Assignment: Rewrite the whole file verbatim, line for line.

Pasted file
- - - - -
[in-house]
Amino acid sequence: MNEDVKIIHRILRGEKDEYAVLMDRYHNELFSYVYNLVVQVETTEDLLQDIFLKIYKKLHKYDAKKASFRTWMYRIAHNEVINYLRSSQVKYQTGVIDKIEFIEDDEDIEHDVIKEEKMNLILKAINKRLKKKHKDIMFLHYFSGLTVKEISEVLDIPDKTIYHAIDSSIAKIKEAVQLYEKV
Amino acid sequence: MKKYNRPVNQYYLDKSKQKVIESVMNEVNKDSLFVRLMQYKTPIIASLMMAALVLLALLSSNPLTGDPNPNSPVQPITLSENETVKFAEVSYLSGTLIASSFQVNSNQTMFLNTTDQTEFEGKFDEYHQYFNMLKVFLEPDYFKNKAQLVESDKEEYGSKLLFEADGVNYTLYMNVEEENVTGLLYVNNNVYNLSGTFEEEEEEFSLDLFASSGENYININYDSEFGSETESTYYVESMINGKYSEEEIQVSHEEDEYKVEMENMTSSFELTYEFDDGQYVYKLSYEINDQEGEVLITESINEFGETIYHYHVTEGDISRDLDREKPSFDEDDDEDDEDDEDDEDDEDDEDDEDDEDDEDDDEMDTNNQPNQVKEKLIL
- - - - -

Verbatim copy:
[in-house]
Amino acid sequence: MNEDVKIIHRILRGEKDEYAVLMDRYHNELFSYVYNLVVQVETTEDLLQDIFLKIYKKLHKYDAKKASFRTWMYRIAHNEVINYLRSSQVKYQTGVIDKIEFIEDDEDIEHDVIKEEKMNLILKAINKRLKKKHKDIMFLHYFSGLTVKEISEVLDIPDKTIYHAIDSSIAKIKEAVQLYEKV
Amino acid sequence: MKKYNRPVNQYYLDKSKQKVIESVMNEVNKDSLFVRLMQYKTPIIASLMMAALVLLALLSSNPLTGDPNPNSPVQPITLSENETVKFAEVSYLSGTLIASSFQVNSNQTMFLNTTDQTEFEGKFDEYHQYFNMLKVFLEPDYFKNKAQLVESDKEEYGSKLLFEADGVNYTLYMNVEEENVTGLLYVNNNVYNLSGTFEEEEEEFSLDLFASSGENYININYDSEFGSETESTYYVESMINGKYSEEEIQVSHEEDEYKVEMENMTSSFELTYEFDDGQYVYKLSYEINDQEGEVLITESINEFGETIYHYHVTEGDISRDLDREKPSFDEDDDEDDEDDEDDEDDEDDEDDEDDEDDEDDDEMDTNNQPNQVKEKLIL